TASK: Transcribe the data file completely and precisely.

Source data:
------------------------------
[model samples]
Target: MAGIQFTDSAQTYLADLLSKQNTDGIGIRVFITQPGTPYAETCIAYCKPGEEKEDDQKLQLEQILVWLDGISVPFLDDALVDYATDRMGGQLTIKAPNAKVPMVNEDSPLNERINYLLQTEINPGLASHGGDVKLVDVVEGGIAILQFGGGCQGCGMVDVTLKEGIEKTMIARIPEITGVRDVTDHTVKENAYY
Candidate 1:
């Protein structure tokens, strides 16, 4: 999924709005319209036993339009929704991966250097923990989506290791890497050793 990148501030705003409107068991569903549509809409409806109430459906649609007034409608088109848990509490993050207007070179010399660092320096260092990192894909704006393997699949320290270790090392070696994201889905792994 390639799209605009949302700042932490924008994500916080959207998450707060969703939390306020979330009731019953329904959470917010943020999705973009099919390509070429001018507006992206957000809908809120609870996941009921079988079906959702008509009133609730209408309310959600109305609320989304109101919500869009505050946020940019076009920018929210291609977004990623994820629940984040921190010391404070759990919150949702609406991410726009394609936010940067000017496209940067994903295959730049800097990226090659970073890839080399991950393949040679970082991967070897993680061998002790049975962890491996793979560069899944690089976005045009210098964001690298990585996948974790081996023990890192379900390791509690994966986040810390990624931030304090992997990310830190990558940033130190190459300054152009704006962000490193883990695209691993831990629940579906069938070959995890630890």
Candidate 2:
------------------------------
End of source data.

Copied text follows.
[model samples]
Target: MAGIQFTDSAQTYLADLLSKQNTDGIGIRVFITQPGTPYAETCIAYCKPGEEKEDDQKLQLEQILVWLDGISVPFLDDALVDYATDRMGGQLTIKAPNAKVPMVNEDSPLNERINYLLQTEINPGLASHGGDVKLVDVVEGGIAILQFGGGCQGCGMVDVTLKEGIEKTMIARIPEITGVRDVTDHTVKENAYY
Candidate 1:
């Protein structure tokens, strides 16, 4: 999924709005319209036993339009929704991966250097923990989506290791890497050793 990148501030705003409107068991569903549509809409409806109430459906649609007034409608088109848990509490993050207007070179010399660092320096260092990192894909704006393997699949320290270790090392070696994201889905792994 390639799209605009949302700042932490924008994500916080959207998450707060969703939390306020979330009731019953329904959470917010943020999705973009099919390509070429001018507006992206957000809908809120609870996941009921079988079906959702008509009133609730209408309310959600109305609320989304109101919500869009505050946020940019076009920018929210291609977004990623994820629940984040921190010391404070759990919150949702609406991410726009394609936010940067000017496209940067994903295959730049800097990226090659970073890839080399991950393949040679970082991967070897993680061998002790049975962890491996793979560069899944690089976005045009210098964001690298990585996948974790081996023990890192379900390791509690994966986040810390990624931030304090992997990310830190990558940033130190190459300054152009704006962000490193883990695209691993831990629940579906069938070959995890630890």
Candidate 2: